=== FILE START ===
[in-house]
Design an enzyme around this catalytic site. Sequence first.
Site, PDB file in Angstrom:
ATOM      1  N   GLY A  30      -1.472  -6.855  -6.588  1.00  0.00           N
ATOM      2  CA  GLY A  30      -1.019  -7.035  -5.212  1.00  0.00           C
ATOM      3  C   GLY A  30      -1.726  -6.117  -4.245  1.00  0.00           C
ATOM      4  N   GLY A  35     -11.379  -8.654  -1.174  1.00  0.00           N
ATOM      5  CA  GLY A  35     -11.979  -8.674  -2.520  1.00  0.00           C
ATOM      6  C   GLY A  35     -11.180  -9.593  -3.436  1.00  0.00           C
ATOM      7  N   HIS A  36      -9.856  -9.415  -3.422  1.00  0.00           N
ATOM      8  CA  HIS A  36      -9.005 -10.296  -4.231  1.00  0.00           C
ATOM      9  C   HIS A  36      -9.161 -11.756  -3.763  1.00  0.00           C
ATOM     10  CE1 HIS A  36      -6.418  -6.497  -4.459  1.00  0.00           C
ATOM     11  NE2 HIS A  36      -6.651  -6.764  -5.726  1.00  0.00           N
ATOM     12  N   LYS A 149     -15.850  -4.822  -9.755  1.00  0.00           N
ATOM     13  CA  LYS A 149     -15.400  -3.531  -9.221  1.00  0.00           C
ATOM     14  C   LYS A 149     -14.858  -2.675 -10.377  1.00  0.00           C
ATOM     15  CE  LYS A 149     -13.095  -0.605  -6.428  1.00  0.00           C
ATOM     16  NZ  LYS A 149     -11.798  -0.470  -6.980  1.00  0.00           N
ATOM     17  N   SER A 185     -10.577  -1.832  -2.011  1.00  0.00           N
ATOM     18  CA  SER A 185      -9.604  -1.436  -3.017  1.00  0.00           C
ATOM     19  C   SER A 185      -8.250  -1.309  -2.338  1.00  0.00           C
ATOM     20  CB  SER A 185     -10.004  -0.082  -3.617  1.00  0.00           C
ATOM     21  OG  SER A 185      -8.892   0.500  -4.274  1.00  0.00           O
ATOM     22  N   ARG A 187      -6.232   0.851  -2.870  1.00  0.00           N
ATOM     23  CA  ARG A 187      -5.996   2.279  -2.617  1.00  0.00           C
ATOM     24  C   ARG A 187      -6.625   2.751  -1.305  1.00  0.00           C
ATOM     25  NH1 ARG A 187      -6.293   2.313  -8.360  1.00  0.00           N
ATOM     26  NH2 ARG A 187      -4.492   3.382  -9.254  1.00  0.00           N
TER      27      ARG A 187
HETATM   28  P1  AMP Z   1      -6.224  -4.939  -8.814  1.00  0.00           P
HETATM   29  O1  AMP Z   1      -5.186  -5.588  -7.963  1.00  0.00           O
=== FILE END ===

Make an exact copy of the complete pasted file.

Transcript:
[in-house]
Design an enzyme around this catalytic site. Sequence first.
Site, PDB file in Angstrom:
ATOM      1  N   GLY A  30      -1.472  -6.855  -6.588  1.00  0.00           N
ATOM      2  CA  GLY A  30      -1.019  -7.035  -5.212  1.00  0.00           C
ATOM      3  C   GLY A  30      -1.726  -6.117  -4.245  1.00  0.00           C
ATOM      4  N   GLY A  35     -11.379  -8.654  -1.174  1.00  0.00           N
ATOM      5  CA  GLY A  35     -11.979  -8.674  -2.520  1.00  0.00           C
ATOM      6  C   GLY A  35     -11.180  -9.593  -3.436  1.00  0.00           C
ATOM      7  N   HIS A  36      -9.856  -9.415  -3.422  1.00  0.00           N
ATOM      8  CA  HIS A  36      -9.005 -10.296  -4.231  1.00  0.00           C
ATOM      9  C   HIS A  36      -9.161 -11.756  -3.763  1.00  0.00           C
ATOM     10  CE1 HIS A  36      -6.418  -6.497  -4.459  1.00  0.00           C
ATOM     11  NE2 HIS A  36      -6.651  -6.764  -5.726  1.00  0.00           N
ATOM     12  N   LYS A 149     -15.850  -4.822  -9.755  1.00  0.00           N
ATOM     13  CA  LYS A 149     -15.400  -3.531  -9.221  1.00  0.00           C
ATOM     14  C   LYS A 149     -14.858  -2.675 -10.377  1.00  0.00           C
ATOM     15  CE  LYS A 149     -13.095  -0.605  -6.428  1.00  0.00           C
ATOM     16  NZ  LYS A 149     -11.798  -0.470  -6.980  1.00  0.00           N
ATOM     17  N   SER A 185     -10.577  -1.832  -2.011  1.00  0.00           N
ATOM     18  CA  SER A 185      -9.604  -1.436  -3.017  1.00  0.00           C
ATOM     19  C   SER A 185      -8.250  -1.309  -2.338  1.00  0.00           C
ATOM     20  CB  SER A 185     -10.004  -0.082  -3.617  1.00  0.00           C
ATOM     21  OG  SER A 185      -8.892   0.500  -4.274  1.00  0.00           O
ATOM     22  N   ARG A 187      -6.232   0.851  -2.870  1.00  0.00           N
ATOM     23  CA  ARG A 187      -5.996   2.279  -2.617  1.00  0.00           C
ATOM     24  C   ARG A 187      -6.625   2.751  -1.305  1.00  0.00           C
ATOM     25  NH1 ARG A 187      -6.293   2.313  -8.360  1.00  0.00           N
ATOM     26  NH2 ARG A 187      -4.492   3.382  -9.254  1.00  0.00           N
TER      27      ARG A 187
HETATM   28  P1  AMP Z   1      -6.224  -4.939  -8.814  1.00  0.00           P
HETATM   29  O1  AMP Z   1      -5.186  -5.588  -7.963  1.00  0.00           O